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The genetics of pancreatic cancer.

Abstract

The genetic basis for invasive and preoneoplastic neoplasms of the exocrine and endocrine pancreas has been the subject of a number of investigations in recent years. The purpose of this paper was to briefly review and summarize the pertinent findings. High frequency changes associated with pancreatic adenocarcinomas include mutations of the k-ras oncogene, and inactivating alterations of the p53, p16, and DPC4 tumor suppressor genes. Hereditary syndromes that have a known predisposition for pancreatic adenocarcinoma development include hereditary pancreatitis, familial atypical multiple mole melanoma (FAMM) syndrome, Peutz-Jeghers syndrome, familial breast cancer (BRCA-2), hereditary nonpolyposis colorectal cancer syndrome (HNPCC), and Li-Fraumeni syndrome. The underlying genetic defects have been identified and are currently being studied. Germline mutations of the men-1 gene are responsible for the MEN-1 syndrome, known to be associated with pancreatic endocrine tumors. It appears that somatic mutations of the gene are present in at least a subset of sporadic tumors. In addition, alterations in the Rb/p16 pathway appear to be commonly associated with pancreatic endocrine tumors. Further characterization of pancreatic tumors will result in a better understanding of the cellular pathways involved in pancreatic tumorigenesis and holds promise to identify targets for novel diagnostic and therapeutic strategies.

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  • Publisher Full Text
  • Authors+Show Affiliations

    ,

    Department of Surgery, Ohio State University Medical Center and Ohio State University Comprehensive Cancer Center, N711 Doan Hall, 410 West 10th Ave., Columbus, OH 43210, USA.

    Source

    American journal of surgery 186:3 2003 Sep pg 279-86

    MeSH

    Adenocarcinoma
    Female
    Genes, Tumor Suppressor
    Genes, ras
    Humans
    Male
    Multiple Endocrine Neoplasia Type 1
    Mutation
    Neoplastic Syndromes, Hereditary
    Pancreatic Neoplasms

    Pub Type(s)

    Journal Article
    Review

    Language

    eng

    PubMed ID

    12946833

    Citation

    Cowgill, Sarah M., and Peter Muscarella. "The Genetics of Pancreatic Cancer." American Journal of Surgery, vol. 186, no. 3, 2003, pp. 279-86.
    Cowgill SM, Muscarella P. The genetics of pancreatic cancer. Am J Surg. 2003;186(3):279-86.
    Cowgill, S. M., & Muscarella, P. (2003). The genetics of pancreatic cancer. American Journal of Surgery, 186(3), pp. 279-86.
    Cowgill SM, Muscarella P. The Genetics of Pancreatic Cancer. Am J Surg. 2003;186(3):279-86. PubMed PMID: 12946833.
    * Article titles in AMA citation format should be in sentence-case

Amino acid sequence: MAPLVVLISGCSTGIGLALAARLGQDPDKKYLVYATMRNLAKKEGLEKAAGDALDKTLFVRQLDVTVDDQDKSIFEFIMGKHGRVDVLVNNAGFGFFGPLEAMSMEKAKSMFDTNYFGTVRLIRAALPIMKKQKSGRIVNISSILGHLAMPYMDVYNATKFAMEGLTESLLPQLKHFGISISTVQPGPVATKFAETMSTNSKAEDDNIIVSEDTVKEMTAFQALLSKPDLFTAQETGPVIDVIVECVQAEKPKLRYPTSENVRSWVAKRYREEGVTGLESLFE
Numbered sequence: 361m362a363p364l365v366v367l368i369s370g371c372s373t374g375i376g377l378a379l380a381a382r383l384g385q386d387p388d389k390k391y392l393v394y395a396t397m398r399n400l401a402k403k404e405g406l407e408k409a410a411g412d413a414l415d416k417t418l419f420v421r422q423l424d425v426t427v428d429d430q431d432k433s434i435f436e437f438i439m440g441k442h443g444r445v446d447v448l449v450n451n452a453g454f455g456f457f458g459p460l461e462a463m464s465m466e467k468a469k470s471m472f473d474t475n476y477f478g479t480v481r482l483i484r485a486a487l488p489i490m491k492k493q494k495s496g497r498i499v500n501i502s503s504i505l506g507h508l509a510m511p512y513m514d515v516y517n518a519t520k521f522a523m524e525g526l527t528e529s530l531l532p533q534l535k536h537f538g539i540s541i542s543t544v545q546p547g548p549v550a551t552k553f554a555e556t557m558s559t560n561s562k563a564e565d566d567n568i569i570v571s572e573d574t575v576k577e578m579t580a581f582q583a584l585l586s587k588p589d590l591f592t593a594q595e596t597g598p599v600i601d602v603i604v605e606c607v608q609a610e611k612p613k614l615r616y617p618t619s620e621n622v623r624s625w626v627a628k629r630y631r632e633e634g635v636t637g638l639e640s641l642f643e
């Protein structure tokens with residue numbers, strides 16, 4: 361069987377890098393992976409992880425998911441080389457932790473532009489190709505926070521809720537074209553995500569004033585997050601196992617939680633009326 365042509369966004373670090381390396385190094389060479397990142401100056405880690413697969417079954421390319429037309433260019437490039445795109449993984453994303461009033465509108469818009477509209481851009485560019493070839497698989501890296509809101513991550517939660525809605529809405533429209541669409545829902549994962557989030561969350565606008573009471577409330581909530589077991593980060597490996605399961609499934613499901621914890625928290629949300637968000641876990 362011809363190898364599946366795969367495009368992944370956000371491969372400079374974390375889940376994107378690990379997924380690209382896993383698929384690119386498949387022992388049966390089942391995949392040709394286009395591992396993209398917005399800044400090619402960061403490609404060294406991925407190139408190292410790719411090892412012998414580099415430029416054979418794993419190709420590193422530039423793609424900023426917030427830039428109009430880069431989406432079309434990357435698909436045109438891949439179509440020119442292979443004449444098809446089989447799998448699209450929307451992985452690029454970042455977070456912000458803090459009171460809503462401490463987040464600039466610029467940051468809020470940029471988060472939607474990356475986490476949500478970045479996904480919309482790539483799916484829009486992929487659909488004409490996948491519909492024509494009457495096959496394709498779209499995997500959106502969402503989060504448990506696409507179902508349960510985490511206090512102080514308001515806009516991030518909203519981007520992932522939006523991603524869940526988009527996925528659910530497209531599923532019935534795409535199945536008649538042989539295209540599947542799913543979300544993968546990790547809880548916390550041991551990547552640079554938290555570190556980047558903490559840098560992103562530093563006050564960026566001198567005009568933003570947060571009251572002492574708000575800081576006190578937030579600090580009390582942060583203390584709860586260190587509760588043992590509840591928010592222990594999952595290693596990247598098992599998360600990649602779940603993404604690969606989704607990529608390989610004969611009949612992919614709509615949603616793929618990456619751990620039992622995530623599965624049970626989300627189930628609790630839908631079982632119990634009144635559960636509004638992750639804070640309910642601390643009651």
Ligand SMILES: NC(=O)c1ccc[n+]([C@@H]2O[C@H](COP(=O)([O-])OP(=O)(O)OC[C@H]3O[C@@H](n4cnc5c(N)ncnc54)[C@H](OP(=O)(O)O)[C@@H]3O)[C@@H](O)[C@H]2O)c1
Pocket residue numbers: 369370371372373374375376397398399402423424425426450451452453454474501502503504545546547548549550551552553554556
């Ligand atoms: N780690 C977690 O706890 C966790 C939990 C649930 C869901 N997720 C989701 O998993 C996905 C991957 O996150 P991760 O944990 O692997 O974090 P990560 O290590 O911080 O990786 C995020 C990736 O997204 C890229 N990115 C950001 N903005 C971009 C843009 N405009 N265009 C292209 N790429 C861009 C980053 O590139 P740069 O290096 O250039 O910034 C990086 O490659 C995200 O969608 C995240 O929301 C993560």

TY - JOUR T1 - The genetics of pancreatic cancer. AU - Cowgill,Sarah M, AU - Muscarella,Peter, PY - 2003/8/30/pubmed PY - 2003/9/26/medline PY - 2003/8/30/entrez SP - 279 EP - 86 JF - American journal of surgery JO - Am. J. Surg. VL - 186 IS - 3 N2 - The genetic basis for invasive and preoneoplastic neoplasms of the exocrine and endocrine pancreas has been the subject of a number of investigations in recent years. The purpose of this paper was to briefly review and summarize the pertinent findings. High frequency changes associated with pancreatic adenocarcinomas include mutations of the k-ras oncogene, and inactivating alterations of the p53, p16, and DPC4 tumor suppressor genes. Hereditary syndromes that have a known predisposition for pancreatic adenocarcinoma development include hereditary pancreatitis, familial atypical multiple mole melanoma (FAMM) syndrome, Peutz-Jeghers syndrome, familial breast cancer (BRCA-2), hereditary nonpolyposis colorectal cancer syndrome (HNPCC), and Li-Fraumeni syndrome. The underlying genetic defects have been identified and are currently being studied. Germline mutations of the men-1 gene are responsible for the MEN-1 syndrome, known to be associated with pancreatic endocrine tumors. It appears that somatic mutations of the gene are present in at least a subset of sporadic tumors. In addition, alterations in the Rb/p16 pathway appear to be commonly associated with pancreatic endocrine tumors. Further characterization of pancreatic tumors will result in a better understanding of the cellular pathways involved in pancreatic tumorigenesis and holds promise to identify targets for novel diagnostic and therapeutic strategies. SN - 0002-9610 UR - https://www.unboundmedicine.com/medline/citation/12946833/The_genetics_of_pancreatic_cancer_ L2 - https://linkinghub.elsevier.com/retrieve/pii/S0002961003002265 DB - PRIME DP - Unbound Medicine ER -